Sulfur is a multivalent non-metal which is tasteless and odorless. It appears to be a yellow crystalline solid in its native form. Its occurrence in the nature is as a pure element or as sulfide and sulfate minerals. It is one of the most important elements which is essential for life and can be used in various ways for many purposes. This element is used in the preparation of sulfuric acid. It is mostly used in the industries for steel and rubber making purposes. It is also used for producing inorganic chemicals, matches, fumigants and glass. It is also used in explosives, cement, animal feed and adhesives.

The element can be found in many natural resources. It can be found in water, mineral springs and Epsom salts. The other sources are gypsum, barite, zinc blende, cinnabar, galena, iron pyrites and other ores and minerals. This element is mostly found in volcanic regions and underground deposits. Some of the biggest deposits are known to be found in Louisiana and Texas. The element occurs naturally in natural gas, petroleum and coal.


The abundance of the element in the earth’s crust is about 0.042%. In the previous times, sulfur was said to have occurred in layers along the surface of the Earth. They were easy for humans to find and take. Such deposits are very difficult to find today. One place they still occur is in the vicinity of volcanoes as they are released from the volcanoes in the form of gas. On reaching the cold air, it changes back into the solid form and forms beautiful yellow deposits along the edges of a volcano.

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Large amounts of sulfur still occur underground. They are removed by the Frasch process. It ranks about number 16 among the elements in terms of their abundance in the earth. The largest producers of sulfur in the world are the United States, Canada, China, Russia, Mexico, and Japan. In 1996, the United States produced about 11,800,000 metric tons of sulfur. It is mined in 30 states which includes the Puerto Rico, and the U.S. Virgin Islands.

 Sulfur is commercially generated because it is essential for various purposes. The most common method to produce sulfur is to sink wells in places with salt domes. They are also available in areas with petroleum and natural gas. The most well known methods used for its production are the Sicilian and Frasch processes.

  1. The Sicilian method uses sulfur bearing ores and burns them from which heat is generated and the sulfuric elements are burned to be collected as a result. The elements are then purified by sublimation.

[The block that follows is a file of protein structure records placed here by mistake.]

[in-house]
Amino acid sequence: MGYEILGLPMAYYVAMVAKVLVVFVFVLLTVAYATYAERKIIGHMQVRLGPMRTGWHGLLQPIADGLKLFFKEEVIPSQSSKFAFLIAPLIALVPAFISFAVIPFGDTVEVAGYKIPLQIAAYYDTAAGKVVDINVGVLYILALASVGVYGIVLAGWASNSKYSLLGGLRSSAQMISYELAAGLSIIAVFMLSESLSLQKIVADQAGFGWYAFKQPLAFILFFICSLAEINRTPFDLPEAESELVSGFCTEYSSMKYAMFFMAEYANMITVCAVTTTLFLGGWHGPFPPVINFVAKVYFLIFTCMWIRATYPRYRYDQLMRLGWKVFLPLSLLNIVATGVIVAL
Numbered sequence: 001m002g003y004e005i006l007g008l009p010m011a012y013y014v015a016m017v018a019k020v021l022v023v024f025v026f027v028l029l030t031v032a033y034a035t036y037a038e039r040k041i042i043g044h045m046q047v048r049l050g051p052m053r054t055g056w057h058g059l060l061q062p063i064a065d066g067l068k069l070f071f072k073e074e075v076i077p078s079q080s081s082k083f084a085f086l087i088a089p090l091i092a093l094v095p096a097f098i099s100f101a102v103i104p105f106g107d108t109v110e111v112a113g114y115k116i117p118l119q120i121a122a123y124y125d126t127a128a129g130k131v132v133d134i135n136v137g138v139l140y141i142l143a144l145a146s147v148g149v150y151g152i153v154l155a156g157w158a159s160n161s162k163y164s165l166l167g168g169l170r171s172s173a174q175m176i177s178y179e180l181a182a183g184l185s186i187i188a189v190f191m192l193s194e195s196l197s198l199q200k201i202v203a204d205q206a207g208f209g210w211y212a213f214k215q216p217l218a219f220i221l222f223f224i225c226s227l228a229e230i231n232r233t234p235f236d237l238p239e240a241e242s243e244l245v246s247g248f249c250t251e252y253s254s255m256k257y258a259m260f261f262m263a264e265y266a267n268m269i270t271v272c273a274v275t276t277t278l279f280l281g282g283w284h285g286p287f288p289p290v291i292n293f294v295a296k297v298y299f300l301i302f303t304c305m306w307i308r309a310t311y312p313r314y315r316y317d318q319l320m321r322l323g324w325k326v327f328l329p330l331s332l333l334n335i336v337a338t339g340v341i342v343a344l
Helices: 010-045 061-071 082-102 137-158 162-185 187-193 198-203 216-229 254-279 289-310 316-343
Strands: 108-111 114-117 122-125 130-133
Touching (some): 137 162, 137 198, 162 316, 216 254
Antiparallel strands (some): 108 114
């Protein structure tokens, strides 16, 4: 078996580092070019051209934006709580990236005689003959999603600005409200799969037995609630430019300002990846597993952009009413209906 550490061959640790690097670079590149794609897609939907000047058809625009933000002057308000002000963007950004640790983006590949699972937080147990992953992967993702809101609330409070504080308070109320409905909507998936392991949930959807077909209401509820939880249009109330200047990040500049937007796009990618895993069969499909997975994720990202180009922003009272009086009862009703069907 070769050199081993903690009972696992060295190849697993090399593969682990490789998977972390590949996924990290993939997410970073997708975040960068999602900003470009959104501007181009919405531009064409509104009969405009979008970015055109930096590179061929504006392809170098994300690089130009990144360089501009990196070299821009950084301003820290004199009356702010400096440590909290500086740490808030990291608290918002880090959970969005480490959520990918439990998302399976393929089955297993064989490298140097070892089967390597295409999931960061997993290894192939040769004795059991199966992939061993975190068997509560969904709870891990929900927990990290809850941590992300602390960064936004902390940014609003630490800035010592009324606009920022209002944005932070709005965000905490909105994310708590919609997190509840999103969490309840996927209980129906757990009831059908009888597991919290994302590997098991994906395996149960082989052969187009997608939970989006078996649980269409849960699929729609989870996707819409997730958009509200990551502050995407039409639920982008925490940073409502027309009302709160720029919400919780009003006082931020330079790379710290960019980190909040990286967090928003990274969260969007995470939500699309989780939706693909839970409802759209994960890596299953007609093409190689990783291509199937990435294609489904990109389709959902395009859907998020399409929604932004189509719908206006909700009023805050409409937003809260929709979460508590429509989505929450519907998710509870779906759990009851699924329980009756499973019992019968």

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  3. The Frasch method was put forward by a German-American chemist, Herman Frasch in 1887. This method is based on the low melting point of sulfur in which a set of three nested pipes are made to sink into the ground. The innermost pipe has a diameter of an inch, whereas the middle pipe has about four inches and the outer pipe has about eight inches. A stream of superheated water is injected into the outer pipe which passes down to reach the underground sulfur, causing it to melt and a molten sulfur is formed like a lake at the bottom of the pipe. At the same time, a stream of hot air is pushed down the innermost pipe which stirs up the molten sulfur and hot water at the bottom of the pipe. As a result, a foamy liquid mixture of sulfur and water is formed. The mixture is then forced upward through the middle pipe. On reaching the surface, it is collected and later on, the sulfur cools and separates from the water.
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From the late 1800s to the end of the 20th century, the Frasch process of sulfur mining was commonly used. During the latter part of the 20th century, mining or recovering sulfur as a by-product of natural gas production or oil refinement became more significant. Over the course of time, sulfur has been one of the most basic mined materials used in industrial production processes, which have been made more efficient and cost-effective through the technological advancements of mining machinery.



Sulfur mining takes place in countries such as Poland, Ukraine, United States, Russia and Turkmenistan. Until the late 19th Century, there were sulfur mines in volcanic countries such as Italy, New Zealand, Chile and Indonesia. There are still volcanic sulfur mines in the Andes, but these are known to be mechanized as per studies. But one of the largest production of sulfur comes from the Ijen, a quiet but active volcano in East Java, Indonesia which contains a one kilometer wide crater lake; a well known site of sulfur mining. The water in the crater - which is one of the world's largest - is acidic enough to dissolve clothes, eat through metal, and cause breathing problems. Sulfur miners break off large chunks of sulfur from the crater floor and carry the chunks out in large baskets nearly 3 kilometers to town. This process is very labor intensive and thus the miners are able to earn anywhere between $5 and $13 per day (USD). The sulfur mined in East Java is processed nearby for use in bleaching sugar, vulcanizing rubber and other industrial processes.